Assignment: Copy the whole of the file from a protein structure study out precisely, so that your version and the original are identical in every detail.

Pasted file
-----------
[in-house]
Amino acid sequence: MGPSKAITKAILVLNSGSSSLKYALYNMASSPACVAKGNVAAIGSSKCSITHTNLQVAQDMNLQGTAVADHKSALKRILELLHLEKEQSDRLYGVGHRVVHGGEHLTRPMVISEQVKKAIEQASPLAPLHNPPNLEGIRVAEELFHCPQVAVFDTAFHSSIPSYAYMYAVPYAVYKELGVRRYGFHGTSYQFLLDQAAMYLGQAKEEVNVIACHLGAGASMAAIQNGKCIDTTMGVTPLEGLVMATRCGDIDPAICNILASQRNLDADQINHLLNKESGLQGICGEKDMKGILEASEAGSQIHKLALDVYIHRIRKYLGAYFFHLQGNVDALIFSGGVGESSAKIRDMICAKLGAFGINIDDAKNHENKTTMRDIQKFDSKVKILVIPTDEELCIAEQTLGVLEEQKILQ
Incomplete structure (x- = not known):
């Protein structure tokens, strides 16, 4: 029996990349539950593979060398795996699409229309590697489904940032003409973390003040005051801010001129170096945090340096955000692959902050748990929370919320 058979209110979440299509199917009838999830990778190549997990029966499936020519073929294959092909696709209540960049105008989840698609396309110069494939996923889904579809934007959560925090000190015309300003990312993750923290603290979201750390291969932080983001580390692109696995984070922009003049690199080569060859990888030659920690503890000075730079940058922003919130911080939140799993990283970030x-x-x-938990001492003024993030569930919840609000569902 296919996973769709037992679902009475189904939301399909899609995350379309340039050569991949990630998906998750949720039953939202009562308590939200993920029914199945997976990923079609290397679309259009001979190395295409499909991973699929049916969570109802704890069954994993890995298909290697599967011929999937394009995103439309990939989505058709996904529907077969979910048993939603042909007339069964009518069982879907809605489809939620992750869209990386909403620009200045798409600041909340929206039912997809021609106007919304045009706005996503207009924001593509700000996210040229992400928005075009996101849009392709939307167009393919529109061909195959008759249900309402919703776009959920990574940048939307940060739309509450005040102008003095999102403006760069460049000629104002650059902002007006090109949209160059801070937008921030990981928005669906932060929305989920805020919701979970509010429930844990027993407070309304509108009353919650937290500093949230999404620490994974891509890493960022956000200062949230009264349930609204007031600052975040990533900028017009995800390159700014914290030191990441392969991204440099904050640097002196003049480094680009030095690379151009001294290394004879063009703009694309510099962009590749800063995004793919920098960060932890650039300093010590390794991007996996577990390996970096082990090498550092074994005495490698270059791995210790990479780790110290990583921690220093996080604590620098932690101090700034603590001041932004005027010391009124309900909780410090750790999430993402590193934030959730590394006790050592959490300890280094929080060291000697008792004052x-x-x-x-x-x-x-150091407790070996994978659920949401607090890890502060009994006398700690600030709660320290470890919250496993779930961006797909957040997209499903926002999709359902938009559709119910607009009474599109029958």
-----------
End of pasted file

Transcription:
[in-house]
Amino acid sequence: MGPSKAITKAILVLNSGSSSLKYALYNMASSPACVAKGNVAAIGSSKCSITHTNLQVAQDMNLQGTAVADHKSALKRILELLHLEKEQSDRLYGVGHRVVHGGEHLTRPMVISEQVKKAIEQASPLAPLHNPPNLEGIRVAEELFHCPQVAVFDTAFHSSIPSYAYMYAVPYAVYKELGVRRYGFHGTSYQFLLDQAAMYLGQAKEEVNVIACHLGAGASMAAIQNGKCIDTTMGVTPLEGLVMATRCGDIDPAICNILASQRNLDADQINHLLNKESGLQGICGEKDMKGILEASEAGSQIHKLALDVYIHRIRKYLGAYFFHLQGNVDALIFSGGVGESSAKIRDMICAKLGAFGINIDDAKNHENKTTMRDIQKFDSKVKILVIPTDEELCIAEQTLGVLEEQKILQ
Incomplete structure (x- = not known):
């Protein structure tokens, strides 16, 4: 029996990349539950593979060398795996699409229309590697489904940032003409973390003040005051801010001129170096945090340096955000692959902050748990929370919320 058979209110979440299509199917009838999830990778190549997990029966499936020519073929294959092909696709209540960049105008989840698609396309110069494939996923889904579809934007959560925090000190015309300003990312993750923290603290979201750390291969932080983001580390692109696995984070922009003049690199080569060859990888030659920690503890000075730079940058922003919130911080939140799993990283970030x-x-x-938990001492003024993030569930919840609000569902 296919996973769709037992679902009475189904939301399909899609995350379309340039050569991949990630998906998750949720039953939202009562308590939200993920029914199945997976990923079609290397679309259009001979190395295409499909991973699929049916969570109802704890069954994993890995298909290697599967011929999937394009995103439309990939989505058709996904529907077969979910048993939603042909007339069964009518069982879907809605489809939620992750869209990386909403620009200045798409600041909340929206039912997809021609106007919304045009706005996503207009924001593509700000996210040229992400928005075009996101849009392709939307167009393919529109061909195959008759249900309402919703776009959920990574940048939307940060739309509450005040102008003095999102403006760069460049000629104002650059902002007006090109949209160059801070937008921030990981928005669906932060929305989920805020919701979970509010429930844990027993407070309304509108009353919650937290500093949230999404620490994974891509890493960022956000200062949230009264349930609204007031600052975040990533900028017009995800390159700014914290030191990441392969991204440099904050640097002196003049480094680009030095690379151009001294290394004879063009703009694309510099962009590749800063995004793919920098960060932890650039300093010590390794991007996996577990390996970096082990090498550092074994005495490698270059791995210790990479780790110290990583921690220093996080604590620098932690101090700034603590001041932004005027010391009124309900909780410090750790999430993402590193934030959730590394006790050592959490300890280094929080060291000697008792004052x-x-x-x-x-x-x-150091407790070996994978659920949401607090890890502060009994006398700690600030709660320290470890919250496993779930961006797909957040997209499903926002999709359902938009559709119910607009009474599109029958």